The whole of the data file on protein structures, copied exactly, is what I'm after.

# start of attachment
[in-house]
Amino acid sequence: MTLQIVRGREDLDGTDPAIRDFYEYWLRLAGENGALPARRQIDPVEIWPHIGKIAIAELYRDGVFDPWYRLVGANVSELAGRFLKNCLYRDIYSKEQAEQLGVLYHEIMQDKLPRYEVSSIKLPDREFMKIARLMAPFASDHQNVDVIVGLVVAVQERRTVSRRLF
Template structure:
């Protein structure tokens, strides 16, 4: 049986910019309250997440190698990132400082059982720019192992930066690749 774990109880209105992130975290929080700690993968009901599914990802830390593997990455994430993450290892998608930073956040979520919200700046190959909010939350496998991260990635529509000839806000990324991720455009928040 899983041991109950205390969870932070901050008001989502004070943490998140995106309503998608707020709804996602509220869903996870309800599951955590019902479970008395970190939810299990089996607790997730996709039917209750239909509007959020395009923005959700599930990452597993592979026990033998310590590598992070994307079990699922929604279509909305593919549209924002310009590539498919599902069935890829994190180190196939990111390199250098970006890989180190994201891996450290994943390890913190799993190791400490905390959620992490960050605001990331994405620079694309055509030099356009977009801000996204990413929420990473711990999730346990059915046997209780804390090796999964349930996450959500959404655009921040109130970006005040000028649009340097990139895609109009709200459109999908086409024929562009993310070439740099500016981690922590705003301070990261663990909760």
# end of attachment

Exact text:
[in-house]
Amino acid sequence: MTLQIVRGREDLDGTDPAIRDFYEYWLRLAGENGALPARRQIDPVEIWPHIGKIAIAELYRDGVFDPWYRLVGANVSELAGRFLKNCLYRDIYSKEQAEQLGVLYHEIMQDKLPRYEVSSIKLPDREFMKIARLMAPFASDHQNVDVIVGLVVAVQERRTVSRRLF
Template structure:
């Protein structure tokens, strides 16, 4: 049986910019309250997440190698990132400082059982720019192992930066690749 774990109880209105992130975290929080700690993968009901599914990802830390593997990455994430993450290892998608930073956040979520919200700046190959909010939350496998991260990635529509000839806000990324991720455009928040 899983041991109950205390969870932070901050008001989502004070943490998140995106309503998608707020709804996602509220869903996870309800599951955590019902479970008395970190939810299990089996607790997730996709039917209750239909509007959020395009923005959700599930990452597993592979026990033998310590590598992070994307079990699922929604279509909305593919549209924002310009590539498919599902069935890829994190180190196939990111390199250098970006890989180190994201891996450290994943390890913190799993190791400490905390959620992490960050605001990331994405620079694309055509030099356009977009801000996204990413929420990473711990999730346990059915046997209780804390090796999964349930996450959500959404655009921040109130970006005040000028649009340097990139895609109009709200459109999908086409024929562009993310070439740099500016981690922590705003301070990261663990909760």